Even far northern areas reached uncharted dewpoint and Heat Index values during this period. Hallock hit a dewpoint of 84 degrees F with a Heat Index of 111 degrees F on the 19th, while Winnipeg, Manitoba (Canada) reported a dewpoint of 77 degrees F and a Heat Index of 109 degrees F, both new records.
Those without air conditioning suffered as overnight low temperatures set records for warmth as well, with many observers reporting minimum temperatures that ranged from 77 degrees F to 82 degrees F. The Heat Index at midnight on July 20th in the Twin Cities was still 100 degrees F, perhaps the only time it has been so high that late at night.
The heat and humidity dominated the weather in many other states this week causing some cattle and poultry mortality in the Dakotas, and some human mortality in other states. For the most part Minnesota citizens took precautions and looked after each other, as well as looking after farm animals and pets.
In summary the heat wave this week will be noted for its amplitude (many places reporting Heat Index values from 110 to 120 F), it's longevity (5-days in many places), and it's widespread distribution (nearly the whole state was under the heat dome). The harbor at Grand Marais was one of the few spots to escape, as they saw mostly temperatures in the 80s F during the day and 50s and 60s F at night.
Weekly Weather Potpourri:
In tropical weather news this week, Typhoon Ma-on brought heavy rains to parts of Japan, while Hurricane Dora spun off the coast of Mexico, and moved off the southern coast of Baja California as it weakened. Tropical Storms Bret and Cindy remained at sea over the North Atlantic and continued to move east away from the USA.
On Tuesday of this week a second dust storm (another one struck on July 5th) struck the Phoenix, AZ area bringing a massive cloud of dust up to 3000 feet high across the city. The airport was closed for a time and people had to stay indoors.
The United Kingdom Meteorological Office announced a new subscription service which provides users with tropical weather forecast out to 15 days, including strike probabilities for tropical storms and hurricanes. The service is designed for those who need to assess risk to transportation and operations that are conducted in the tropical latitudes. You can read more about this new service at...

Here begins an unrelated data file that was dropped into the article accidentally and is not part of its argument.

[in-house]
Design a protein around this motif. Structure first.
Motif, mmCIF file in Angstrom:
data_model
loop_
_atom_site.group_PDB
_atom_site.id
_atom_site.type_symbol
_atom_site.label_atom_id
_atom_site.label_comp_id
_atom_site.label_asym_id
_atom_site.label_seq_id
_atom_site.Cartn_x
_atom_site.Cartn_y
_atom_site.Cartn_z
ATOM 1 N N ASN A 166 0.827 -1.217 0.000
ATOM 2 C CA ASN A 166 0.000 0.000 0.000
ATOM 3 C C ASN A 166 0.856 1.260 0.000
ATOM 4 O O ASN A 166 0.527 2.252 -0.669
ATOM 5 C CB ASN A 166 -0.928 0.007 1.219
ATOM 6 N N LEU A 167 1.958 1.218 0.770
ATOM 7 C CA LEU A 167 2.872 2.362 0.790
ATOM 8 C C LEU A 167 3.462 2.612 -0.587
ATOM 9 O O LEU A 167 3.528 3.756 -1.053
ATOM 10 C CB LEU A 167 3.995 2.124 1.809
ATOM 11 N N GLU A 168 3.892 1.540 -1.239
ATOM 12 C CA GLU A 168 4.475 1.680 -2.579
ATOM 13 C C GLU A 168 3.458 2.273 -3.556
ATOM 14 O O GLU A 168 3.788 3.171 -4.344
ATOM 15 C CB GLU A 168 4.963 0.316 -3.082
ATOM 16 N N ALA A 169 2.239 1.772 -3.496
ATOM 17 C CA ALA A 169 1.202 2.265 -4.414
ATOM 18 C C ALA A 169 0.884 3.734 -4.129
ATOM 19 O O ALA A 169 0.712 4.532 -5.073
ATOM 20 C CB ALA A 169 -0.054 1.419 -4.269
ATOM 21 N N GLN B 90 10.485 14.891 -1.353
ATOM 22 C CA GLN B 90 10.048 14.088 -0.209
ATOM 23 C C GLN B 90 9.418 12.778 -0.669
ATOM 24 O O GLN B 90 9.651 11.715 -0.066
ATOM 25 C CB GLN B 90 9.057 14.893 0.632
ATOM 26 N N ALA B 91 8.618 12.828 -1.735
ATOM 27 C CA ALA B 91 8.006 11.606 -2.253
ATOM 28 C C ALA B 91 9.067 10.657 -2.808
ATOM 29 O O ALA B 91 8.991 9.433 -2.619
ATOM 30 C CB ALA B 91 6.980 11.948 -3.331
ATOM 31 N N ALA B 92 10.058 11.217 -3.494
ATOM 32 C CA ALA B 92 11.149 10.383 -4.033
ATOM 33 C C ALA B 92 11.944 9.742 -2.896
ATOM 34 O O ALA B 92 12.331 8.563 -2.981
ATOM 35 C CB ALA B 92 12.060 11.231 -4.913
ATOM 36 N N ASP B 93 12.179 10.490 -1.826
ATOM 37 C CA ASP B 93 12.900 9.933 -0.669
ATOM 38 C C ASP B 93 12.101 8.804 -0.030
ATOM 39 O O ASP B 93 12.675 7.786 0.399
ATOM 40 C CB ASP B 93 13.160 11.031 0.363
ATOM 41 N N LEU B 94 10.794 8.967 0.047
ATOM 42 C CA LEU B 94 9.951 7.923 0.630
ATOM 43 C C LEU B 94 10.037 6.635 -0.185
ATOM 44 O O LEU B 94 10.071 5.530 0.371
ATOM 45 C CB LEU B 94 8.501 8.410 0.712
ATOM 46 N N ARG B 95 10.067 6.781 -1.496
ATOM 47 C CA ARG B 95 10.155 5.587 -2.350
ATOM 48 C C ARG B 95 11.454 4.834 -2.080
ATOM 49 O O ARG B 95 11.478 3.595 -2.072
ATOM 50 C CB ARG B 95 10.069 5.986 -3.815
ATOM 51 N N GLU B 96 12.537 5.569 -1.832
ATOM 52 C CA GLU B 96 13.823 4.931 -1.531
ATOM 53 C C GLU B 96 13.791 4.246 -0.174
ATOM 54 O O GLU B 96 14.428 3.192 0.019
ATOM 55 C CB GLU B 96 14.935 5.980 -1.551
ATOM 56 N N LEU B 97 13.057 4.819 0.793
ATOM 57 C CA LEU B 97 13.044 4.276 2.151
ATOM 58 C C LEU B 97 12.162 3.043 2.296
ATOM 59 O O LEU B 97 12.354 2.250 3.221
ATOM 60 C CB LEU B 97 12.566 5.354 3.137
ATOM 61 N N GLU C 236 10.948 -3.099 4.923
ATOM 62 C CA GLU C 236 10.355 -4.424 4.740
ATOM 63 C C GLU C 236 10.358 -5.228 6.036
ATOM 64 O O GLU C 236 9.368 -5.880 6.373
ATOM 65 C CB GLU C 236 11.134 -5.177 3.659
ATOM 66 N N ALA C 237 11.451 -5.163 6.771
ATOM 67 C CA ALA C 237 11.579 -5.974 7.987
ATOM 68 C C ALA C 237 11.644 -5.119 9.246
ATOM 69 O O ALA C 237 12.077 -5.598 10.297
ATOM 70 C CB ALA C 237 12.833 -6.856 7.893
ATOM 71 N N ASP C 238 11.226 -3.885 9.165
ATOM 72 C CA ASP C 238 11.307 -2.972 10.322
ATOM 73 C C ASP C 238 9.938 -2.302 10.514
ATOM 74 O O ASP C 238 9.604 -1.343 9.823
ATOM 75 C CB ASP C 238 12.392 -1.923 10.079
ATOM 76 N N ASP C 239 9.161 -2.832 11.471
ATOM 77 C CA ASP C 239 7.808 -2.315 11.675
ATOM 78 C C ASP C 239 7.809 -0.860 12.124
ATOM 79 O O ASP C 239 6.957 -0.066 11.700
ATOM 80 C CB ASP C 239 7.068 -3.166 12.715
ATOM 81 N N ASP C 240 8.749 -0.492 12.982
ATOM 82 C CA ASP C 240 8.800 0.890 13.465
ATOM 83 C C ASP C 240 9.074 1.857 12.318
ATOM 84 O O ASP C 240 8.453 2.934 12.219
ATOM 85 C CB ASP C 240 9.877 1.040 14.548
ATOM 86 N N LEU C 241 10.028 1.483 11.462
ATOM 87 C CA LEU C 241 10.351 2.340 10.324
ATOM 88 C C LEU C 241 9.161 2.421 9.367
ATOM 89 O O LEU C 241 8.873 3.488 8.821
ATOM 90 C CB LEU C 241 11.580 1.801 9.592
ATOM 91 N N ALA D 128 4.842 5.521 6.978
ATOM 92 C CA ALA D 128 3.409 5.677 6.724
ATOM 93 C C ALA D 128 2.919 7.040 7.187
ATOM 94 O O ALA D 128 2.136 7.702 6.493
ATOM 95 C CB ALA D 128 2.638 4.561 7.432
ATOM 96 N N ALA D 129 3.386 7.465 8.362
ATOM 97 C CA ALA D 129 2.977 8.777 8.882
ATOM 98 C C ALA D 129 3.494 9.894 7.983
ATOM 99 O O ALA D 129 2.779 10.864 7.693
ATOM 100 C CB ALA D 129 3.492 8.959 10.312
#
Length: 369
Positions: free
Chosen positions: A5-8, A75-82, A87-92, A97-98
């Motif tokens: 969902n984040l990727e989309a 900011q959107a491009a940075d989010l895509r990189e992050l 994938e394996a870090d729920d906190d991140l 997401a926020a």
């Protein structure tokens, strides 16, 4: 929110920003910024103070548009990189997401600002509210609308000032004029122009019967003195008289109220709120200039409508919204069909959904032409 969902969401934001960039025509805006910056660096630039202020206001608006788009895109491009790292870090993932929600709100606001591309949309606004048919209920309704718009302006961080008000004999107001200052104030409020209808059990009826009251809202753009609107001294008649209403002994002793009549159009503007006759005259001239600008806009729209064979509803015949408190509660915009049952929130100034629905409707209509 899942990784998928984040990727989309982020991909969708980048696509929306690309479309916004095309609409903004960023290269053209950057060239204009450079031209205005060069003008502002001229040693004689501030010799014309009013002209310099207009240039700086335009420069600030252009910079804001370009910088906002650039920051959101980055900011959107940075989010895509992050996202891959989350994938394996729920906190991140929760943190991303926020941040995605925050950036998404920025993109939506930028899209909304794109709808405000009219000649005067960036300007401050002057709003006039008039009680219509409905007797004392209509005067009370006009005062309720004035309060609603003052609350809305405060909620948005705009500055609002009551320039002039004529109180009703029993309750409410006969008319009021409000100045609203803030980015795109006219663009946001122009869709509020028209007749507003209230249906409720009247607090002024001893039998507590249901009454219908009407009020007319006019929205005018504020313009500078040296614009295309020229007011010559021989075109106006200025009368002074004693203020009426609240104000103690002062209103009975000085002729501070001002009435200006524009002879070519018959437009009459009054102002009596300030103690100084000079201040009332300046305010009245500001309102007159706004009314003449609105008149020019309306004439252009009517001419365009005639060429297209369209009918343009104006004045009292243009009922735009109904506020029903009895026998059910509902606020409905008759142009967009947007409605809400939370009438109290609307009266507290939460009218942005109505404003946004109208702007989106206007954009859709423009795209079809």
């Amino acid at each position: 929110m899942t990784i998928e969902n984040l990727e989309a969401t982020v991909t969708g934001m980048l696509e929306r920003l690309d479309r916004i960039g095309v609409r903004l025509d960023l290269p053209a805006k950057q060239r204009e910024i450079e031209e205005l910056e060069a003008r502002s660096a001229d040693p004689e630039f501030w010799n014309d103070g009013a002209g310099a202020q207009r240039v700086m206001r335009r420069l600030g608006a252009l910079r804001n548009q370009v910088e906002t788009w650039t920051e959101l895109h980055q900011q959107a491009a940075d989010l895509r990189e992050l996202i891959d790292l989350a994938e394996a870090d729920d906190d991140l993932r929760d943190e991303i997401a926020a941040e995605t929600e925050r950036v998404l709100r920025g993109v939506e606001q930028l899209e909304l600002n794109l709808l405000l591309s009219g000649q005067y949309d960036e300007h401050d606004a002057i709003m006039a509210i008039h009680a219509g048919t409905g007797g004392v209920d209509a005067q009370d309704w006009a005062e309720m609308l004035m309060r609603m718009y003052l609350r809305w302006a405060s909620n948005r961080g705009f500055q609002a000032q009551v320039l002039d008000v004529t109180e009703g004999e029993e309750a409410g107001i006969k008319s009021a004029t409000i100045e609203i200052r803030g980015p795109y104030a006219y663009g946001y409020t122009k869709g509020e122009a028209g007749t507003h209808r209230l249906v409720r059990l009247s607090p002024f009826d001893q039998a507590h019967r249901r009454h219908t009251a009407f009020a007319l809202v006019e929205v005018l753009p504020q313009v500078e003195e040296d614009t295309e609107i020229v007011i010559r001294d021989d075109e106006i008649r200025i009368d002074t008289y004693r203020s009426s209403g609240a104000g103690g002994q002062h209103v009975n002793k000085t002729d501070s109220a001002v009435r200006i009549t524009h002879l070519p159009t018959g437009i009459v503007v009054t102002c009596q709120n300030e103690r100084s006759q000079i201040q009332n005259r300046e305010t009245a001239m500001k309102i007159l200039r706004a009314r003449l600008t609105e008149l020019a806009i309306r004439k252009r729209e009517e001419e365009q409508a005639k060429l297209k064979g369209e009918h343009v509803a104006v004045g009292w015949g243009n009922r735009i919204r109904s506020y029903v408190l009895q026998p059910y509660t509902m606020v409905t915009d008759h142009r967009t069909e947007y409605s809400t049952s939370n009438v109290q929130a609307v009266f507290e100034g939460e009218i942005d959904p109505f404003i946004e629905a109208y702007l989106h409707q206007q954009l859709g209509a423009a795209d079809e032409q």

Researchers at MIT have developed a model to estimate maximum tree height for different environmental conditions. They claim the model works accurately if local meteorological data on temperature, precipitation, solar radiation, and humidity are available. You can read about this model and its application at....
MPR listener question: I have heard that during Heat Waves there are few tornadoes reported. Is this generally true?
Answer: Yes, most of the time Heat Waves are produced by static high pressure systems which tend to bring atmospheric stability. There are exceptions. For example this week the high water vapor content of the air combined with surface heating by the strong sun produced some convective thunderstorms which delivered intense rainfalls (3-5 inches in some parts), and even a tornado near Karlstad (Kittson County) on July 20th. Still, on a national scale there has been a relative absence of tornadoes (about a dozen reports in the past week) during the massive Heat Wave which has encompassed so many states.